Unlocking census voting data with Looker and BigQuery

  • 28 March 2022
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This content, written by Daniel Mintz, was initially posted in Looker Blog on Jul 20, 2016. The content is subject to limited support.

Government-collected datasets contain a wealth of information about our world--everything from which roads have the most potholes to who votes. And in recent years, governments and other public agencies have made huge strides in opening datasets to the public.

Projects like Data.gov, the NYC Open Data Portal, and Data.gov.uk catalog tens of thousands of fascinating datasets that anyone can download and explore. But even though we’ve come a long way, the promise of these datasets--to shed light on how government is performing, on where discrimination persists, on how to increase civic participation--is far from fulfilled.

The data is more accessible than it’s ever been, but for the vast majority of citizens, having to download a huge CSV to their computer or having to map latitudes and longitudes manually is such a barrier to entry that the data might as well be locked away in private repositories.

That’s why we’ve partnered with Google Cloud Platform to take some of those fascinating datasets and make them available for querying with Looker on Google BigQuery. That takes data from being nominally accessible, to actually explorable for anyone with an internet connection.

Of all the public datasets, one of the richest is the one collected by the U.S. Census Bureau. Many people don’t know this, but the Census does far more than just the decennial survey. It also includes surveys like the Current Population Survey and the American Community Survey that ask a sample of Americans literally hundreds of questions about their lives.

Since it’s an election year, we thought a nice dataset to start with would be the Community Population Survey’s Voting and Registration Supplement, which is collected in November after every election and goes back to 1994. The problem is, if you go to download this data, you’re presented with a data file that looks like this:

Not very user-friendly. To make sense of this, you need to consult the codebook, which is different for every survey and survey year and looks something like this:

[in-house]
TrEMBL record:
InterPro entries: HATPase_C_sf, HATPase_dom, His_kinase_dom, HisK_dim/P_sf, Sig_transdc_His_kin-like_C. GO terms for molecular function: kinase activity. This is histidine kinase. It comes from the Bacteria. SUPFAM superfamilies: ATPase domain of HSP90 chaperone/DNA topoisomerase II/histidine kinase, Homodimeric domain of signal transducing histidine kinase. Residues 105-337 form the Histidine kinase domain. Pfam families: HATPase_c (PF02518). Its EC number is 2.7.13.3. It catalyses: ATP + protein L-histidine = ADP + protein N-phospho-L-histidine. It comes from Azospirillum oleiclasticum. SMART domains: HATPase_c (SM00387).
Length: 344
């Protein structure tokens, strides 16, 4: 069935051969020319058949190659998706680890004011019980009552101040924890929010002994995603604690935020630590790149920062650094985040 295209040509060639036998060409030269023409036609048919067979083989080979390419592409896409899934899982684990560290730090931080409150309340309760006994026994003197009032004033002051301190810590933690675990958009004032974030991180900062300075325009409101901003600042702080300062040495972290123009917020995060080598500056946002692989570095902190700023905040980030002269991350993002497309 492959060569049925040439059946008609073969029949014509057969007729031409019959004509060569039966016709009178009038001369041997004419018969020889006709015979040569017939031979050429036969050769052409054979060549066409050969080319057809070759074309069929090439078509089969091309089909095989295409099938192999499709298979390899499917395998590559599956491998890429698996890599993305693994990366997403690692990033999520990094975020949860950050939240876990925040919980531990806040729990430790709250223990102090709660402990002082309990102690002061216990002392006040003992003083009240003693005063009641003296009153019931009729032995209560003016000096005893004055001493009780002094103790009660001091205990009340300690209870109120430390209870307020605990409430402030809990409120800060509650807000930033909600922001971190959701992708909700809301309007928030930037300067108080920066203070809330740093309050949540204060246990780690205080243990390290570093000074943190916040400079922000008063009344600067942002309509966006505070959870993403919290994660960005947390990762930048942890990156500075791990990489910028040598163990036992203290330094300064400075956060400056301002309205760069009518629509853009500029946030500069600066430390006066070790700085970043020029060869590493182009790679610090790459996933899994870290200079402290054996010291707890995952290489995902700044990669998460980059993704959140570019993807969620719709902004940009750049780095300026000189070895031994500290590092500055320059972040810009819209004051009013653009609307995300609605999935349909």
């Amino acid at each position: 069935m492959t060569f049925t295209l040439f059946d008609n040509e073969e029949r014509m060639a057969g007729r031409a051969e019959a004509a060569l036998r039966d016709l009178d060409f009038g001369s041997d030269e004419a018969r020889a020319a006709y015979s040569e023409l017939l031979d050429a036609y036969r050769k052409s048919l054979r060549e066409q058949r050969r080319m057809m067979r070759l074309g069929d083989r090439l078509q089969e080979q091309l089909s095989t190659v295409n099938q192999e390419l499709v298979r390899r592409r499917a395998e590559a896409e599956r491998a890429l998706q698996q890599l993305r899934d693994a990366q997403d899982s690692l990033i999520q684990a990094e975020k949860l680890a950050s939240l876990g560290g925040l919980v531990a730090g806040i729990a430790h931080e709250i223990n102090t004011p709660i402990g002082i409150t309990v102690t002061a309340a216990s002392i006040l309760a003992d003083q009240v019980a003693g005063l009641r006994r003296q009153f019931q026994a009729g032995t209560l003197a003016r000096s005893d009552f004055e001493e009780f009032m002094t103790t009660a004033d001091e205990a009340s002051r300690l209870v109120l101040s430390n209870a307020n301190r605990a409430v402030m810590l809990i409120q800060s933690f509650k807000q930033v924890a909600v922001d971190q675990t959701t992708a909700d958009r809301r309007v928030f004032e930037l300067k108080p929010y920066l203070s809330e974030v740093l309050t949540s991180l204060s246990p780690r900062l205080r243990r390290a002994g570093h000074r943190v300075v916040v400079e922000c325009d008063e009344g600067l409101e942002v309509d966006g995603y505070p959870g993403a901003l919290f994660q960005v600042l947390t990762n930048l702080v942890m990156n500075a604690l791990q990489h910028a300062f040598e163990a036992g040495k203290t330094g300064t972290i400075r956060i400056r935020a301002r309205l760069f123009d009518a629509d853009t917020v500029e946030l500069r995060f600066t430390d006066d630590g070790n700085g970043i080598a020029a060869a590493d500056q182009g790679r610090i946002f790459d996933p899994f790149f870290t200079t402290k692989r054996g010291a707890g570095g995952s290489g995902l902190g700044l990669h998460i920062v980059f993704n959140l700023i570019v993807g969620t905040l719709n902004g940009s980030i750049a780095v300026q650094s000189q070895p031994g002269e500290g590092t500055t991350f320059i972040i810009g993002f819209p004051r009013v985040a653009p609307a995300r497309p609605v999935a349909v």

Needless to say, without very specialized tools, the process of extracting meaning from this data is usually quite onerous. The data isn’t super tall--about 1.5 million rows--but each row is more than 300 columns wide. And since each respondent is given a different weight in the survey, making sense of the data is no easy task.

Luckily, giving meaning to data is exactly what Looker is good at. And with the power of Google’s BigQuery behind the scenes, we can slice and dice the data in millions of ways and get answers in seconds.

To transform the 60,000+ lines of codebooks into something useful, we’ve written a to rewrite the information in LookML (Looker’s modeling language). A few hundred lines of scripting transforms the codebooks from an impenetrable mess into code that Looker deploys to let you query the data directly in BigQuery, no special knowledge required.

And once we deploy Looker, what do we see?

We see that the percentage of voters who are white, non-Hispanic, and haven’t taken any college courses has been shrinking steadily, going from 34% in 1994 to just 20% in 2014.

This is both because Americans are and because .

We see that Baby Boomers made up the largest share of voters in 2012. And although there were far more Millennials eligible to vote than members of the Silent Generation, there were actually more voters from the Silent Generation. We’ll see how that looks in 2016 soon.

We can also easily see non-voting related trends, like the housing bubble. We see that California, Florida and Nevada, three states that were devastated by the housing bubble, saw big increases in population and homeowners from 2000 - 2006. But from 2006 to 2012, their population increases slowed and huge numbers of homeowners left or lost their houses.

But states like Texas, Georgia and North Carolina, which weathered the housing bubble relatively well, saw increases in homeowners from 2000 to 2006 and from 2006 to 2012 (albeit at a slower rate). These states have continued to see strong growth in both overall population and homeowners.

These analyses only scratch the surface of what we can discover when we have an easy way to explore the Census’ incredibly rich datasets. We’ve added a bunch more shareable facts that we’ve discovered at . And over the next weeks and months, we’ll be releasing additional analyses and datasets that we hope you’ll use as jumping off points for your own analyses.

But if you don’t want to wait, next week, I’ll be doing a where you can ask me to look up any question that the Census can tell us about. I’ll provide answers live on Thursday, July 28 at 1 p.m. ET.

P.S. Here are a bunch of other questions that can easily be answered from this data set:

By state, what percentage of workers work for the government? ()

How many men vs. women have served in the Armed Forces since 2001? (, but more gender-balanced than previous periods)

Which state has the smallest percentage of white, non-Hispanic residents? (Think .)

Does when you immigrated predict your chance making >$60,000? (It’s not a perfect correlation by any chance, but earlier immigrants do seem to make more.)

How many teenagers are in the U.S.? (That’s a lot of .)

Which Metropolitan Statistical Areas have the highest percentages of government workers? (Anyone know ?)

Do naturalized citizens earn more than foreign-born, non-citizens? (In general, yes, though .)

And that’s just a taste. If you have questions of your own, come to my Reddit AMA on July 28.

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